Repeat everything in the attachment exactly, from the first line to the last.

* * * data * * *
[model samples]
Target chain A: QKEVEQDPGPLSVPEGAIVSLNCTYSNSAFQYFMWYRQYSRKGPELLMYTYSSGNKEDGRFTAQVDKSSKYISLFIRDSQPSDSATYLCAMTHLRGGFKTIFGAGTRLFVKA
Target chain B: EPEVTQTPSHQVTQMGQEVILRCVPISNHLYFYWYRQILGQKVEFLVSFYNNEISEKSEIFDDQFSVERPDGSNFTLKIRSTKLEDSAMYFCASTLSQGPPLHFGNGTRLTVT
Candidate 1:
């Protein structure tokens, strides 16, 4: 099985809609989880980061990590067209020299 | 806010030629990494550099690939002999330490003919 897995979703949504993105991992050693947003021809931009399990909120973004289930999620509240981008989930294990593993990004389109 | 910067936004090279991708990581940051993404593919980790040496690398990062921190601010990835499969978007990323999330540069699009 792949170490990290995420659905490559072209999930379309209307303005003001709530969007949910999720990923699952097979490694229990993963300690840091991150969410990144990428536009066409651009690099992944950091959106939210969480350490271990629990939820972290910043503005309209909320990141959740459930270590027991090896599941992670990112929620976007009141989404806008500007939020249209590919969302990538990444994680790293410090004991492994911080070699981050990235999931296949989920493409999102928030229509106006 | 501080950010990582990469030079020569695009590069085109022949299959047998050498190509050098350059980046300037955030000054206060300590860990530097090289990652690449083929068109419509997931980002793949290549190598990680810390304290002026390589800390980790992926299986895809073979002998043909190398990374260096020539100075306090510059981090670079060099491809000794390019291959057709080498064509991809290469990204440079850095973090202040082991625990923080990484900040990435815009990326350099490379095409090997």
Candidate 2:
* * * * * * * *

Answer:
[model samples]
Target chain A: QKEVEQDPGPLSVPEGAIVSLNCTYSNSAFQYFMWYRQYSRKGPELLMYTYSSGNKEDGRFTAQVDKSSKYISLFIRDSQPSDSATYLCAMTHLRGGFKTIFGAGTRLFVKA
Target chain B: EPEVTQTPSHQVTQMGQEVILRCVPISNHLYFYWYRQILGQKVEFLVSFYNNEISEKSEIFDDQFSVERPDGSNFTLKIRSTKLEDSAMYFCASTLSQGPPLHFGNGTRLTVT
Candidate 1:
């Protein structure tokens, strides 16, 4: 099985809609989880980061990590067209020299 | 806010030629990494550099690939002999330490003919 897995979703949504993105991992050693947003021809931009399990909120973004289930999620509240981008989930294990593993990004389109 | 910067936004090279991708990581940051993404593919980790040496690398990062921190601010990835499969978007990323999330540069699009 792949170490990290995420659905490559072209999930379309209307303005003001709530969007949910999720990923699952097979490694229990993963300690840091991150969410990144990428536009066409651009690099992944950091959106939210969480350490271990629990939820972290910043503005309209909320990141959740459930270590027991090896599941992670990112929620976007009141989404806008500007939020249209590919969302990538990444994680790293410090004991492994911080070699981050990235999931296949989920493409999102928030229509106006 | 501080950010990582990469030079020569695009590069085109022949299959047998050498190509050098350059980046300037955030000054206060300590860990530097090289990652690449083929068109419509997931980002793949290549190598990680810390304290002026390589800390980790992926299986895809073979002998043909190398990374260096020539100075306090510059981090670079060099491809000794390019291959057709080498064509991809290469990204440079850095973090202040082991625990923080990484900040990435815009990326350099490379095409090997």
Candidate 2: